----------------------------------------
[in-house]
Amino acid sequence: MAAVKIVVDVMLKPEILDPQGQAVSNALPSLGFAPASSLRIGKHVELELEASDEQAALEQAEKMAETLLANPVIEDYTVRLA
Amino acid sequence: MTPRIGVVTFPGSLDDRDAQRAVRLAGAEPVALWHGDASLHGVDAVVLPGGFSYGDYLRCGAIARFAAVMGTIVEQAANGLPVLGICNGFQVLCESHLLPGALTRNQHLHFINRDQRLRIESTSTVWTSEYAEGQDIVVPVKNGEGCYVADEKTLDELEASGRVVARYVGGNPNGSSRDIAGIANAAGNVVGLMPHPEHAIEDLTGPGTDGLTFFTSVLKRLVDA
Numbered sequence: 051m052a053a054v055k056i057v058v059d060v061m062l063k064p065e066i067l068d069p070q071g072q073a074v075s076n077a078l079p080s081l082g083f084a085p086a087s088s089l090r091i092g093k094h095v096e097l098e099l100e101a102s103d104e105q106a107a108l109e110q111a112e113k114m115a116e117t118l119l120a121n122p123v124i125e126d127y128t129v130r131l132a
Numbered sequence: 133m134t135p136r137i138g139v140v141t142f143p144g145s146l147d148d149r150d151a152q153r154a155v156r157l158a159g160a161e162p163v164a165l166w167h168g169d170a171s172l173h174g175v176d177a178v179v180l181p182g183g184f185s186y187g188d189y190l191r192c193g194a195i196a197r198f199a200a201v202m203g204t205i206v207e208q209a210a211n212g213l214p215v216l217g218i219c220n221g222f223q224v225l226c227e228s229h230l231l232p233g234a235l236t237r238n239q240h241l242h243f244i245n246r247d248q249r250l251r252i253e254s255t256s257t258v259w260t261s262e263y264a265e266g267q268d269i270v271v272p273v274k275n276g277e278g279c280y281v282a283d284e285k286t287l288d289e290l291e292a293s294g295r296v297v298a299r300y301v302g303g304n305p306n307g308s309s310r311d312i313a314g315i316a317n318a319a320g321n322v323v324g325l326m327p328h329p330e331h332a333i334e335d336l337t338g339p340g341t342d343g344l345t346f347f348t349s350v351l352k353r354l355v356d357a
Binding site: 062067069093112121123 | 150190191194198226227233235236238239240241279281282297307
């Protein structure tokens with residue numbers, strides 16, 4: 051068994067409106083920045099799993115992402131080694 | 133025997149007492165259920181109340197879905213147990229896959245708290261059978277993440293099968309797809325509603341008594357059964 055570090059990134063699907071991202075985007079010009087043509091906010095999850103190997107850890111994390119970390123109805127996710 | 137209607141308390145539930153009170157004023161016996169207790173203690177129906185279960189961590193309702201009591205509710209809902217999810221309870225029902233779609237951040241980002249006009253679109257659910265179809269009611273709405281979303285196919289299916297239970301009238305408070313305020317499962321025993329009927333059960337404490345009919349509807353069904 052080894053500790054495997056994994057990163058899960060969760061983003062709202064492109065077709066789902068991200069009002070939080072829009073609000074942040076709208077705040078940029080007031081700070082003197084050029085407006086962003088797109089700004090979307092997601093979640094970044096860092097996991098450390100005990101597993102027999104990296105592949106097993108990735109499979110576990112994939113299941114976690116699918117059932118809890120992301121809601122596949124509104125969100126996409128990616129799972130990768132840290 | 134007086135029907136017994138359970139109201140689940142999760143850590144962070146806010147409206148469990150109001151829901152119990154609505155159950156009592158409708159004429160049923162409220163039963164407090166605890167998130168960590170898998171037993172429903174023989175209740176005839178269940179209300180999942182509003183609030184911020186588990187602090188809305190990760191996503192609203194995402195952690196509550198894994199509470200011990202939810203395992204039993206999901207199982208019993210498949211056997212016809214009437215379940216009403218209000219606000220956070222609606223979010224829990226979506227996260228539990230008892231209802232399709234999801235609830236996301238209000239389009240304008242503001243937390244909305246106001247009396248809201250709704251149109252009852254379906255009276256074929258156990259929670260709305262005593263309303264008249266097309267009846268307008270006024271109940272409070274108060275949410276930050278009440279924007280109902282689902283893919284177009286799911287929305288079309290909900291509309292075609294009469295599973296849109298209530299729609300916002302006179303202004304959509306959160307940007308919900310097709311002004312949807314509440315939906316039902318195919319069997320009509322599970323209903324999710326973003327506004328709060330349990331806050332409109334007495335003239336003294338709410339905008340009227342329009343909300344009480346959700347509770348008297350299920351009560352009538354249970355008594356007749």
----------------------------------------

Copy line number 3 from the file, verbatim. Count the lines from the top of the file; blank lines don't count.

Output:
Amino acid sequence: MTPRIGVVTFPGSLDDRDAQRAVRLAGAEPVALWHGDASLHGVDAVVLPGGFSYGDYLRCGAIARFAAVMGTIVEQAANGLPVLGICNGFQVLCESHLLPGALTRNQHLHFINRDQRLRIESTSTVWTSEYAEGQDIVVPVKNGEGCYVADEKTLDELEASGRVVARYVGGNPNGSSRDIAGIANAAGNVVGLMPHPEHAIEDLTGPGTDGLTFFTSVLKRLVDA